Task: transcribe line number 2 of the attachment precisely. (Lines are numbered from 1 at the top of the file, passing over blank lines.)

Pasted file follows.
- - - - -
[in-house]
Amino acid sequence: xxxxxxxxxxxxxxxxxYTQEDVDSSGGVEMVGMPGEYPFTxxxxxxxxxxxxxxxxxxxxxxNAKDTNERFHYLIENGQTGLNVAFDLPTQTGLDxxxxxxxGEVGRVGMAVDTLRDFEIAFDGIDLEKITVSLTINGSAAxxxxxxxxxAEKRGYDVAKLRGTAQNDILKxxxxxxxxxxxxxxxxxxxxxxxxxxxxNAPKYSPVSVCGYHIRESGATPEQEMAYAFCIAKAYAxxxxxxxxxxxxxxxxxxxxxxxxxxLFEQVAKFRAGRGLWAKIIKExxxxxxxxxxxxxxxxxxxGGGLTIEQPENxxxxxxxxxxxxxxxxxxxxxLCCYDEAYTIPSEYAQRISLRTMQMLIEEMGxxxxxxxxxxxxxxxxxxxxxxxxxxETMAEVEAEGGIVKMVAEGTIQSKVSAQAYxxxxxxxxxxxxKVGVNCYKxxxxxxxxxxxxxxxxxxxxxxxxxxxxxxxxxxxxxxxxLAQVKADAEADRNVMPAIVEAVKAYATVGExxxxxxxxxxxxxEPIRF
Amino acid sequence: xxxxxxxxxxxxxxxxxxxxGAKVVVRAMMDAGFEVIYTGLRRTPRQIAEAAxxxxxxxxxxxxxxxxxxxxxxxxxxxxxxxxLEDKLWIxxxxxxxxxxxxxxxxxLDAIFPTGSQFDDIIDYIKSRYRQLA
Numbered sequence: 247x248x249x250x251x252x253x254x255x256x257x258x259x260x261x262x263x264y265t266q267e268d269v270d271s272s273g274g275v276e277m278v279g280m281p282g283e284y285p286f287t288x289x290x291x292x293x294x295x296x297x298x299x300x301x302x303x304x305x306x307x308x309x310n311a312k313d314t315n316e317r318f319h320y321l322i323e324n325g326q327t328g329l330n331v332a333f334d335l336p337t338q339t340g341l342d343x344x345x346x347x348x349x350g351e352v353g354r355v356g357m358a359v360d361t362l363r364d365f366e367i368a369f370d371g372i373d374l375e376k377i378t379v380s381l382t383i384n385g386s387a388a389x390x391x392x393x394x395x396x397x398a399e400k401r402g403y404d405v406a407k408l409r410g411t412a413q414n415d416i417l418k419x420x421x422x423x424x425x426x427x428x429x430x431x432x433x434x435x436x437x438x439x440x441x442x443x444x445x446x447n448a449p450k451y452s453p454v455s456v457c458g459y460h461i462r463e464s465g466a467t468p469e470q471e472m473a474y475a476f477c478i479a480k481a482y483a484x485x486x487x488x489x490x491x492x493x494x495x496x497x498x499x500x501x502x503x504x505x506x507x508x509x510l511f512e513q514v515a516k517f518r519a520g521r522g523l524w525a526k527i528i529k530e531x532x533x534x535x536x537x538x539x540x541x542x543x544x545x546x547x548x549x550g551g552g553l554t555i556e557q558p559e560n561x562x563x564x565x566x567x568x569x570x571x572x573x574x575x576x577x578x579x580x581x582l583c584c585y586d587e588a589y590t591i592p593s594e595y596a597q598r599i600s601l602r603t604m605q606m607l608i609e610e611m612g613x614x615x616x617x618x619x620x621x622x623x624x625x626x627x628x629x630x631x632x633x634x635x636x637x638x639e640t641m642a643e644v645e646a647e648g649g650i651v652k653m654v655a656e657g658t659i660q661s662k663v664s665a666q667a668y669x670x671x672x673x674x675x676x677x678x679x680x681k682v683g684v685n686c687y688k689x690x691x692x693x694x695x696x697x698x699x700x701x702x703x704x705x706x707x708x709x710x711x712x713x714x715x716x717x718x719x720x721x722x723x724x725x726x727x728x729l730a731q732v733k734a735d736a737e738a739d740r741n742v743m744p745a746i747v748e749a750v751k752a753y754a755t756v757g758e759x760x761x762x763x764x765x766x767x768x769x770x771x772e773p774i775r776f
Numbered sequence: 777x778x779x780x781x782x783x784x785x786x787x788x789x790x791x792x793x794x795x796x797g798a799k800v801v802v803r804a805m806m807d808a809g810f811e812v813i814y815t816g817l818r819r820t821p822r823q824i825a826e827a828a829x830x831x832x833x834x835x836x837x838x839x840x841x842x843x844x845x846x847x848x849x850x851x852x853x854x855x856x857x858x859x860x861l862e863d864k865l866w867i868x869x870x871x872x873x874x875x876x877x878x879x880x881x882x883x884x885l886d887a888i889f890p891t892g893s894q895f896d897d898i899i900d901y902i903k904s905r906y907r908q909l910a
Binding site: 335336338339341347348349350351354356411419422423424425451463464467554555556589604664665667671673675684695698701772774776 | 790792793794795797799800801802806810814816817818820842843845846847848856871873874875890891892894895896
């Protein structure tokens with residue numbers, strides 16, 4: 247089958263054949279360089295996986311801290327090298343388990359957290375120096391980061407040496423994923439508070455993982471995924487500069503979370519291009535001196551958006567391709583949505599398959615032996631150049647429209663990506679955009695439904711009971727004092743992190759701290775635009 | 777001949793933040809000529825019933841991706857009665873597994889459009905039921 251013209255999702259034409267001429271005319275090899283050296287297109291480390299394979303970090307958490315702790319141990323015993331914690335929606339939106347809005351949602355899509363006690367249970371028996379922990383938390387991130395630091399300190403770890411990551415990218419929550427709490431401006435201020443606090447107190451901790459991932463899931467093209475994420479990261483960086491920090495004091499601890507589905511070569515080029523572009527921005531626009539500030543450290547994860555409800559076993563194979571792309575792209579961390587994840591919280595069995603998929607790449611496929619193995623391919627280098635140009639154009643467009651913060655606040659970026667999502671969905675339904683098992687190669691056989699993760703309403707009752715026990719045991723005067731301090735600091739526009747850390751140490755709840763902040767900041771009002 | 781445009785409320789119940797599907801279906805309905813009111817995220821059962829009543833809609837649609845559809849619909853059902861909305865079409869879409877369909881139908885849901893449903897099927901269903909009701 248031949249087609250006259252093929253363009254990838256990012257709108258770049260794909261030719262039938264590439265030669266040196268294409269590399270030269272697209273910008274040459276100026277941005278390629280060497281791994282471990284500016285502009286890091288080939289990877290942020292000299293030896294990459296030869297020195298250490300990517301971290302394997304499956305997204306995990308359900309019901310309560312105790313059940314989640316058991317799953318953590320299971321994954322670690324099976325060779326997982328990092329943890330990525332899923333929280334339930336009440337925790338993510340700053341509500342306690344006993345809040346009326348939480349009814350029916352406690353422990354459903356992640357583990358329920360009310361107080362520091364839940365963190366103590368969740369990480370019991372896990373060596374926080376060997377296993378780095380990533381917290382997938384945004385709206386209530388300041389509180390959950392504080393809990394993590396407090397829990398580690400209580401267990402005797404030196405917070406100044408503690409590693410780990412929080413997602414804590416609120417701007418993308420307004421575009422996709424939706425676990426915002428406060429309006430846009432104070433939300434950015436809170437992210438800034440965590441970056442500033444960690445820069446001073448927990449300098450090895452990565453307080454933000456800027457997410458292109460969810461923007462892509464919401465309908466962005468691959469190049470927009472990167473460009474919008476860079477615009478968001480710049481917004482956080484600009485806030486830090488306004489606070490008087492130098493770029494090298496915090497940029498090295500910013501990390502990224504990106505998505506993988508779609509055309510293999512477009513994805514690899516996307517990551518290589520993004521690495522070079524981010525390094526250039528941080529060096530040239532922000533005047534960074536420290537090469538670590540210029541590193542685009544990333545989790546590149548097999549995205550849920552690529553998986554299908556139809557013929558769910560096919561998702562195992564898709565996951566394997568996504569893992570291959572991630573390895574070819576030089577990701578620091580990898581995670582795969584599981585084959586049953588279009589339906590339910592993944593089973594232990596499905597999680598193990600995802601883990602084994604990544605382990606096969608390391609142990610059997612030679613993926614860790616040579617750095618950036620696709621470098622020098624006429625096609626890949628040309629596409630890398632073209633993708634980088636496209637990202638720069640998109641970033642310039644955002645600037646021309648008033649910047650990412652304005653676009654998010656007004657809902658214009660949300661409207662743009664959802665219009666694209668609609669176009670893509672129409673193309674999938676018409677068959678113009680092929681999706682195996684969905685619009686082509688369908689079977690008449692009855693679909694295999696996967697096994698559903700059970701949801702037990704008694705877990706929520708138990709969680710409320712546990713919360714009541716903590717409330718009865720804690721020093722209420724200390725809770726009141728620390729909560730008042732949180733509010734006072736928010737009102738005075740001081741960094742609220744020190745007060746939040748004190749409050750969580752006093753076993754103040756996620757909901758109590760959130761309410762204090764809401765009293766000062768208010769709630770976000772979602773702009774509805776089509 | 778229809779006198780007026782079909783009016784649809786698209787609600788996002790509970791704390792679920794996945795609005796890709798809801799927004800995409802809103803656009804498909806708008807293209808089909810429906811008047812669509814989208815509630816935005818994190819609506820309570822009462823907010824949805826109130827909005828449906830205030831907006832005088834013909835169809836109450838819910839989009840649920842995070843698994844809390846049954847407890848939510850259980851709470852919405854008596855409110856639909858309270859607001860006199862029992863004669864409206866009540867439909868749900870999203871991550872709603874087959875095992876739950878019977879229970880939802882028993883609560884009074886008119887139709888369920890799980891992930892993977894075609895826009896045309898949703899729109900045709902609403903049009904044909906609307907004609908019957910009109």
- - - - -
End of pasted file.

Amino acid sequence: xxxxxxxxxxxxxxxxxYTQEDVDSSGGVEMVGMPGEYPFTxxxxxxxxxxxxxxxxxxxxxxNAKDTNERFHYLIENGQTGLNVAFDLPTQTGLDxxxxxxxGEVGRVGMAVDTLRDFEIAFDGIDLEKITVSLTINGSAAxxxxxxxxxAEKRGYDVAKLRGTAQNDILKxxxxxxxxxxxxxxxxxxxxxxxxxxxxNAPKYSPVSVCGYHIRESGATPEQEMAYAFCIAKAYAxxxxxxxxxxxxxxxxxxxxxxxxxxLFEQVAKFRAGRGLWAKIIKExxxxxxxxxxxxxxxxxxxGGGLTIEQPENxxxxxxxxxxxxxxxxxxxxxLCCYDEAYTIPSEYAQRISLRTMQMLIEEMGxxxxxxxxxxxxxxxxxxxxxxxxxxETMAEVEAEGGIVKMVAEGTIQSKVSAQAYxxxxxxxxxxxxKVGVNCYKxxxxxxxxxxxxxxxxxxxxxxxxxxxxxxxxxxxxxxxxLAQVKADAEADRNVMPAIVEAVKAYATVGExxxxxxxxxxxxxEPIRF